afterguard

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English[edit]

Etymology[edit]

From after- +‎ guard

Noun[edit]

afterguard ‎(plural afterguards)

  1. (historical, nautical) The seaman or seamen stationed on the poop or after part of a ship, to attend the after-sails.
    • 1889, Robert Louis Stevenson, The Master of Ballantrae, Cassell, Chapter IX, [1]
      There were times when the whole crew refused their duty; and we of the afterguard were twice got under arms—being the first time that ever I bore weapons—in the fear of mutiny.
    • 1924, Herman Melville, Billy Budd, London: Constable & Co., Chapter 12, [2]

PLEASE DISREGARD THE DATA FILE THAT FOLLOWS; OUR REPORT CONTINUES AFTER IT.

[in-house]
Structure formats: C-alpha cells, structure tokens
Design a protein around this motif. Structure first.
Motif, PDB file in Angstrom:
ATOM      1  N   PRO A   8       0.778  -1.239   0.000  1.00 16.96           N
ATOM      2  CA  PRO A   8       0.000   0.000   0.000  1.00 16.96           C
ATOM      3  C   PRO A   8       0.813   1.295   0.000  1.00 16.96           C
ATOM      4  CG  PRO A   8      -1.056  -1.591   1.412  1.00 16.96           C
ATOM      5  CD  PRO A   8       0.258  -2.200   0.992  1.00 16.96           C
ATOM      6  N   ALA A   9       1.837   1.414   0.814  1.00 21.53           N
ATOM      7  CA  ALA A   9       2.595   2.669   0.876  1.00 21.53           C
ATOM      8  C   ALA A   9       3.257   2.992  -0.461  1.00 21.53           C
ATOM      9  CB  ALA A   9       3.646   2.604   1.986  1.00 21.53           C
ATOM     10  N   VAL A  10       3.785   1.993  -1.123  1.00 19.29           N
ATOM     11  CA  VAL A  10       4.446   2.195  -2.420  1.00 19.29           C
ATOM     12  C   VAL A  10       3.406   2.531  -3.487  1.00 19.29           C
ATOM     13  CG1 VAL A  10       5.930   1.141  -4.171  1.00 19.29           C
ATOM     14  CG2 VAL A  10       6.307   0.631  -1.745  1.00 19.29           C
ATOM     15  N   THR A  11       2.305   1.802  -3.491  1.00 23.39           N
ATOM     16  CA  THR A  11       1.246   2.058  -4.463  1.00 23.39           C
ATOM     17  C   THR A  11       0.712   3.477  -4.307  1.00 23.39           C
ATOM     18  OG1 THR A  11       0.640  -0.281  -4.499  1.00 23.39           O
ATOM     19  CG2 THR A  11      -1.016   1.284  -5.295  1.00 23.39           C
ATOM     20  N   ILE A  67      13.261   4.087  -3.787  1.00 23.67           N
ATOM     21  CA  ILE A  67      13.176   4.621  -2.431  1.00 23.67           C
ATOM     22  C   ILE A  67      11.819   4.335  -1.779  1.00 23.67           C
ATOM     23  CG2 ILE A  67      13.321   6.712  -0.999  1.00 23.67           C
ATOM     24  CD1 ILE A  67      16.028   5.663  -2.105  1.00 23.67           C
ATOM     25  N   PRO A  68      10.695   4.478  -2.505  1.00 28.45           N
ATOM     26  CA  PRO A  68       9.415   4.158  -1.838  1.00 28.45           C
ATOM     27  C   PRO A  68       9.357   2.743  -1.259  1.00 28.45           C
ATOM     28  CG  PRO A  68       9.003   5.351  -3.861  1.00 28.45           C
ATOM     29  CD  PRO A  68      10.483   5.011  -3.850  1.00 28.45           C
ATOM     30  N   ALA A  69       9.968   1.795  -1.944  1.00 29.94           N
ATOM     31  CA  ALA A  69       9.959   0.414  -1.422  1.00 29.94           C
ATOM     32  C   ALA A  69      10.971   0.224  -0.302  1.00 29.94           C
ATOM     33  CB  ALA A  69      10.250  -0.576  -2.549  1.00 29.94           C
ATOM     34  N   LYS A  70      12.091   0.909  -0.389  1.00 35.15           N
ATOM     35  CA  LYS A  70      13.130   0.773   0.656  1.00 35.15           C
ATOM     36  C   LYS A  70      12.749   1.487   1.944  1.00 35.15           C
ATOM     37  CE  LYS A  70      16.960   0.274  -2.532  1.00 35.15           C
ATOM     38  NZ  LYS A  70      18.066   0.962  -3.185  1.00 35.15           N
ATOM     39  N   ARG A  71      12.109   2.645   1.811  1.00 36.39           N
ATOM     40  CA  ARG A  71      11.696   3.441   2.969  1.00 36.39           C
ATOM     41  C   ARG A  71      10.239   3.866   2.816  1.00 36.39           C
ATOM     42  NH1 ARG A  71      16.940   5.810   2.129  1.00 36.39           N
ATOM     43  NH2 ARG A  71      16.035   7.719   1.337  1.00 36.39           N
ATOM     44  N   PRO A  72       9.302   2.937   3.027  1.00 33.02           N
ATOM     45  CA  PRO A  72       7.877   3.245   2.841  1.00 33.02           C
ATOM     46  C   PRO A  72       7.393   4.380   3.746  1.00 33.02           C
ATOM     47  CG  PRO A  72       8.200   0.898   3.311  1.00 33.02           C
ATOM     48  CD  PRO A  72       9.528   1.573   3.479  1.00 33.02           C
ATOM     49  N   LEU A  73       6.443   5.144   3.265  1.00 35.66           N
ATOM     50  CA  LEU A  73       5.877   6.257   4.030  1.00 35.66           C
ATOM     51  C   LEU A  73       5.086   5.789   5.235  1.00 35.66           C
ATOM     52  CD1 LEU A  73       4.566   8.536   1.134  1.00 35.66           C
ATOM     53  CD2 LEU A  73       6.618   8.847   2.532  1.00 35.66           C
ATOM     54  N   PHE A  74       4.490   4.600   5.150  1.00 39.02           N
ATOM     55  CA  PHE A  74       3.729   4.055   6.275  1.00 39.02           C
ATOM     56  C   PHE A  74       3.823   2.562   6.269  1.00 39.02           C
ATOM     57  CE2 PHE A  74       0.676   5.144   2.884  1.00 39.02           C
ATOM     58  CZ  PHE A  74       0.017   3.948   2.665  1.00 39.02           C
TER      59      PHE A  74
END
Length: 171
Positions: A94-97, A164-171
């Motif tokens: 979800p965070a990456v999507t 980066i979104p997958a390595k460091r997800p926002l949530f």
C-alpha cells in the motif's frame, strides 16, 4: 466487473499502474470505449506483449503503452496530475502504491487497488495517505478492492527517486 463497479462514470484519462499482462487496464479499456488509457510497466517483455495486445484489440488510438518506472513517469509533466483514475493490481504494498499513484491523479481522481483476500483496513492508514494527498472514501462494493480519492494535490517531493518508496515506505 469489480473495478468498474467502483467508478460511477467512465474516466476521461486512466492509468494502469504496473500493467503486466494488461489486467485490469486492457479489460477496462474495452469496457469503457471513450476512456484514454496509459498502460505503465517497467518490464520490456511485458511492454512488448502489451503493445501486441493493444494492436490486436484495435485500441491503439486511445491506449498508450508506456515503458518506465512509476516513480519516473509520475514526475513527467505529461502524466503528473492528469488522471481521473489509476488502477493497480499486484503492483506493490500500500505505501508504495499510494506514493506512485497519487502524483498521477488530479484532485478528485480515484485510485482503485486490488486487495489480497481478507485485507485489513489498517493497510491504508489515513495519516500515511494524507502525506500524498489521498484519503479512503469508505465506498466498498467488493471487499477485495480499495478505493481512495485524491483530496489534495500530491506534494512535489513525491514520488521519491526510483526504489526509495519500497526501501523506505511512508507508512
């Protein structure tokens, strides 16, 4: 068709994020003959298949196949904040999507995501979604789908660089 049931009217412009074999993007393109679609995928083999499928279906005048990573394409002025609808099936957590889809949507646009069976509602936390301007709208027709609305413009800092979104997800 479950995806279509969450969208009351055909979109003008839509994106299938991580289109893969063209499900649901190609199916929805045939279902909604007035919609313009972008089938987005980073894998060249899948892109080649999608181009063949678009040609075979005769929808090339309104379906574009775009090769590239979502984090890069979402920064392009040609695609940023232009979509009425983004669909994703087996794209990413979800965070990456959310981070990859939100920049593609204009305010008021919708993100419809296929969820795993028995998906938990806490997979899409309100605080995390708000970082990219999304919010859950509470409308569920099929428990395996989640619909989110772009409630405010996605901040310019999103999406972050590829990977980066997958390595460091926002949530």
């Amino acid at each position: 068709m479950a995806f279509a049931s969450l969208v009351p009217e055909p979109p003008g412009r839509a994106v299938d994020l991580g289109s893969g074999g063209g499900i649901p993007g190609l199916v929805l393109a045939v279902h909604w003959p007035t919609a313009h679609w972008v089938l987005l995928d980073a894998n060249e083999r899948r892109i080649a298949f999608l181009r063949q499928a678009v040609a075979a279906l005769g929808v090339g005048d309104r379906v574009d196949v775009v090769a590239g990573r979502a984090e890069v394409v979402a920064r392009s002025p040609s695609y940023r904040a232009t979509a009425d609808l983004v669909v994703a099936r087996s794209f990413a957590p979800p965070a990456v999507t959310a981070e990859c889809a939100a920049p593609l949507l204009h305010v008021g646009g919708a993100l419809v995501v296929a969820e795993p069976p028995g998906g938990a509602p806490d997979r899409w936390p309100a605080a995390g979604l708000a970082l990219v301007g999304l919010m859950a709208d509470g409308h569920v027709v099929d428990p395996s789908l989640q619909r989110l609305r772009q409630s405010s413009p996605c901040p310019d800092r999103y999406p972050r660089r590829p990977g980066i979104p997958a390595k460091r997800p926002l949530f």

Yet from something in the outline and carriage, Billy took him to be, and correctly, one of the afterguard.
  2. (sailing) The members of a yacht's crew who attend to the aft sails
    • 2007 July 3, Christopher Clarey, “A Familiar Foe Blocks New Zealand’s Path”, in New York Times[3]:
      This is his sixth Cup campaign but his first as skipper, a position he inherited after the helmsman Russell Coutts, Butterworth’s longtime alter ego in the afterguard, bolted from Alinghi in 2004.

Derived terms[edit]